"We should be having a healthy and respectful debate. We have no time for people who bring negativity to campaigning. I urge everyone to put the country and our democracy first — let's have a positive debate of ideas on the future. That's my approach, and that's my expectation for every single member of our team," he said.
"I expect professionalism, I expect respect. I respect my opponents."
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On Sunday evening, O'Toole issued a news release stating that anyone who does not support his party's plan to tackle climate change would not be welcome in the caucus.
"If there are candidates who don't support it — or any other part of Canada's Recovery Plan — they won't be sitting in the caucus of a future Conservative government," he said.
The statement came just hours after Trudeau called out O'Toole during an event in Cambridge, Ont. for, in his words, not doing enough to condemn "conspiracy theories" from an incumbent Tory candidate.
At a campaign event in Saint-Hyacinthe, Que., earlier in the day, O'Toole was repeatedly pressed about an undated flyer that longtime MP Cheryl Gallant sent before the election to constituents in the eastern Ontario riding of Renfrew–Nipissing–Pembroke.
In the materials, she suggested federal Liberals would pursue a "climate lockdown" and said her constituents should make the upcoming election "a referendum on more lockdowns."
Tories need to crack down on conspiracy theories: Trudeau
Gallant also released a video in June in which she asked: "How long do you think it will take for the Trudeau Liberals to start calling for a climate lockdown?"
Liberals shared a screenshot of Gallant's flyer online Sunday, prompting the Conservative Party to allege that the Liberals have candidates who support "9/11 truther conspiracies."
In a tweet, the party highlighted a 2011 tweet from Toronto Centre Liberal incumbent Marci Ien, in which she said "Loose Change 9-11: An American Coup," a 9/11 conspiracy theory documentary, "really makes you think about what really happened on September 11, 2001."
The tweet came to light in the Toronto Centre byelection last October. Ien, a former journalist, tweeted at the time: "I've spoken often with the families of 9/11 victims and shared their stories as a broadcaster — and I'll also do everything I can as an MP… to help keep Canadians safe from all such tragedies."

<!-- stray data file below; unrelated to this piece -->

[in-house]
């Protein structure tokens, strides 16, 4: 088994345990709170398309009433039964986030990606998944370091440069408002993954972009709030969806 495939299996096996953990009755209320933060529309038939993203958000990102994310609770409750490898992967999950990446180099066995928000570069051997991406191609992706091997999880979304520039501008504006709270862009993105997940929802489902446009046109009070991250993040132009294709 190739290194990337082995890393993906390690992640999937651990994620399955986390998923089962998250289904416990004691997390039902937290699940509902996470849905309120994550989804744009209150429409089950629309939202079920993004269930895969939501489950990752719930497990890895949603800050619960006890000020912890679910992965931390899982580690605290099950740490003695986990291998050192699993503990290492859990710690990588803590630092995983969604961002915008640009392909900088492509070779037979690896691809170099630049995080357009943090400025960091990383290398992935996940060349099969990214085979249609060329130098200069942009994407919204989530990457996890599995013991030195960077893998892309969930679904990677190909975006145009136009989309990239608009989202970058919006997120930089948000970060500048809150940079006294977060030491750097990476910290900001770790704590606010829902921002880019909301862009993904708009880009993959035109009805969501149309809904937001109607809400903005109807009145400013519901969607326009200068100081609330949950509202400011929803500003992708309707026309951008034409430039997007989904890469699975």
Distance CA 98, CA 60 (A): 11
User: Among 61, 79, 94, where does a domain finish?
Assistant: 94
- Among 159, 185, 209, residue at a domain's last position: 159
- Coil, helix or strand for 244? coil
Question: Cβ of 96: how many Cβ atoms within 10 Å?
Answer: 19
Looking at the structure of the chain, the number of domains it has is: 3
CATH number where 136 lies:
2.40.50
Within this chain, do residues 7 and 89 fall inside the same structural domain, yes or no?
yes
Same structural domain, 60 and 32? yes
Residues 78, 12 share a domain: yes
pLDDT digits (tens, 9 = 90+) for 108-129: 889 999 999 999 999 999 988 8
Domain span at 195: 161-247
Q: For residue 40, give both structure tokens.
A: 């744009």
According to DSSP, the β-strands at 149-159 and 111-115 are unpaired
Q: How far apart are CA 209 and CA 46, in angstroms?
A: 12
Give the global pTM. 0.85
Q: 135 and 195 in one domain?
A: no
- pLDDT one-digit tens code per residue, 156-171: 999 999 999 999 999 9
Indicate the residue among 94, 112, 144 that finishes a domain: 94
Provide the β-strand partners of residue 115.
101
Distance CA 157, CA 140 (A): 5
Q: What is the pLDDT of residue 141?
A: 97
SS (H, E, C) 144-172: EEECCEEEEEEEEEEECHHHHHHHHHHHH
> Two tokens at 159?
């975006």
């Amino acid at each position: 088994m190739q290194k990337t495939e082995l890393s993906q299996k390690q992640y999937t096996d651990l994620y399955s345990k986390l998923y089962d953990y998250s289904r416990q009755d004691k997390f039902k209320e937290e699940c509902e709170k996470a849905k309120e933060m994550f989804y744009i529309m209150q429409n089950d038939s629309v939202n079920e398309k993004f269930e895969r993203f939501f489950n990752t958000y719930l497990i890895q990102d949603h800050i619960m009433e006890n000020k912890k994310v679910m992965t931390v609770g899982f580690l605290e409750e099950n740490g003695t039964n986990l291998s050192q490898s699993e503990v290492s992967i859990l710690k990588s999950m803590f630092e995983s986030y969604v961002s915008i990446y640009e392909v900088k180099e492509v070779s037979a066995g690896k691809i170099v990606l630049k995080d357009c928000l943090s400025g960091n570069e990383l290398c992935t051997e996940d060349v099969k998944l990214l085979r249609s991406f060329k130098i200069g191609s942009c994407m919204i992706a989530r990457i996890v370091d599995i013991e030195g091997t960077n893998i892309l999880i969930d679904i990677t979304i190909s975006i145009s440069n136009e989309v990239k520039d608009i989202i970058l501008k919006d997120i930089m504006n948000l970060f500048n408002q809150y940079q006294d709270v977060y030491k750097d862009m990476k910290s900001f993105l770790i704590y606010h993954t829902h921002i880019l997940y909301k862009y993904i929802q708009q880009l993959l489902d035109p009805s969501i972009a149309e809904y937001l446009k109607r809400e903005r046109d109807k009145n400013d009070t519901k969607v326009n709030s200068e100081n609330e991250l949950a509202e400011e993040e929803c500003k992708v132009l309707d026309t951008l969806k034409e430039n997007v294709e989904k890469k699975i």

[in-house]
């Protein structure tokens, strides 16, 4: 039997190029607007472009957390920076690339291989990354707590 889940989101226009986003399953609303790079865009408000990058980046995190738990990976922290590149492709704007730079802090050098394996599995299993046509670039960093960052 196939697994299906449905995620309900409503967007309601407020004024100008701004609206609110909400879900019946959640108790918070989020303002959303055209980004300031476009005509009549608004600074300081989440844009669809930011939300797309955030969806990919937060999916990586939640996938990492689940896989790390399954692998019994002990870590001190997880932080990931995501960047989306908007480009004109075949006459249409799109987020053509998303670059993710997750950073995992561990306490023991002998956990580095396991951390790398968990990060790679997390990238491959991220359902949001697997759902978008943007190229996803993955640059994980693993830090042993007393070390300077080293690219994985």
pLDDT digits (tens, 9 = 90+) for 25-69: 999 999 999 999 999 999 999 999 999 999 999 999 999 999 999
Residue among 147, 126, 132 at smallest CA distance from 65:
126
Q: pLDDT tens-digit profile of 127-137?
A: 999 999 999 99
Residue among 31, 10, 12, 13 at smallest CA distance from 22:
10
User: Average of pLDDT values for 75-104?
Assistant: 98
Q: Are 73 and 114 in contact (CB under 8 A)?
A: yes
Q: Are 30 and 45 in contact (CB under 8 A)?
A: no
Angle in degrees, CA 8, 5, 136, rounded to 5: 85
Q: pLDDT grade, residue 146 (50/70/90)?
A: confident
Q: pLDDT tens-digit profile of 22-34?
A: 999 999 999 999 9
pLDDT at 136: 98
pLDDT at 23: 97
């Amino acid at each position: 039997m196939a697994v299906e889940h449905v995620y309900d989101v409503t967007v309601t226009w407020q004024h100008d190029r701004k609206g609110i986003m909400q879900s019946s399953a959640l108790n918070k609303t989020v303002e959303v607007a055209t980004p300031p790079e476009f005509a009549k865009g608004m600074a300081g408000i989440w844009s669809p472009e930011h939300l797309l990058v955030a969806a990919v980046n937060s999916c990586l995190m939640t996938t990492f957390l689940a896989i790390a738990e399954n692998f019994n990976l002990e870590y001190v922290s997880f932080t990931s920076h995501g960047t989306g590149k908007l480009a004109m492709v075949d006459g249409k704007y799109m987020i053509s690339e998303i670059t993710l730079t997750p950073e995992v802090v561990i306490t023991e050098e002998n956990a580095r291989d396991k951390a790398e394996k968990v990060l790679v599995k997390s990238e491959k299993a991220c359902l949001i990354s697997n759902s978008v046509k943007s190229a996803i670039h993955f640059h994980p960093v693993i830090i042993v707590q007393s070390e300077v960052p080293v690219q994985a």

O'Toole wouldn't tell reporters if he found Gallant's comments acceptable and instead pivoted to promoting his platform, which includes a plan to fight climate change.
"We're running on a plan to get our country back on its feet, not on things that happened months or years ago," he said.
Shortly after O'Toole's statement was released threatening to turf people from caucus if they didn't support the Conservative climate plan, Gallant tweeted that she is proud to run on the Conservatives' recovery plan platform "in its entirety."
I'm proud to run on Canada's Recovery Plan, in its entirety.—@cherylgallant
Conservative campaign spokesperson Cory Hann said party officials spoke with Gallant Sunday about the views she expressed in the video and that she removed them as a result of that conversation. Gallant posted the tweet after the party asked her to publicly confirm her support for the party platform, he said.
Asked about Gallant earlier Sunday, Trudeau said it was "extremely disappointing" to see elected politicians "peddle in conspiracy theories."
"It's not enough for leaders like Erin O'Toole to simply distance themselves from those comments. He has to flat-out condemn them and then correct the record," he said.
Drawing a link to the aggressive protests outside of his event, Trudeau said the Conservative leader can help people "shouting out here today" understand they are misinformed on matters such as climate change and vaccines.
"We know they don't listen to me. Perhaps they will listen to Erin O'Toole," he said. "That's the choice that Erin O'Toole needs to make right now around Cheryl Gallant and all of these conspiracy theories being peddled."
With files from from the CBC's Janyce McGregor and Travis Dhanraj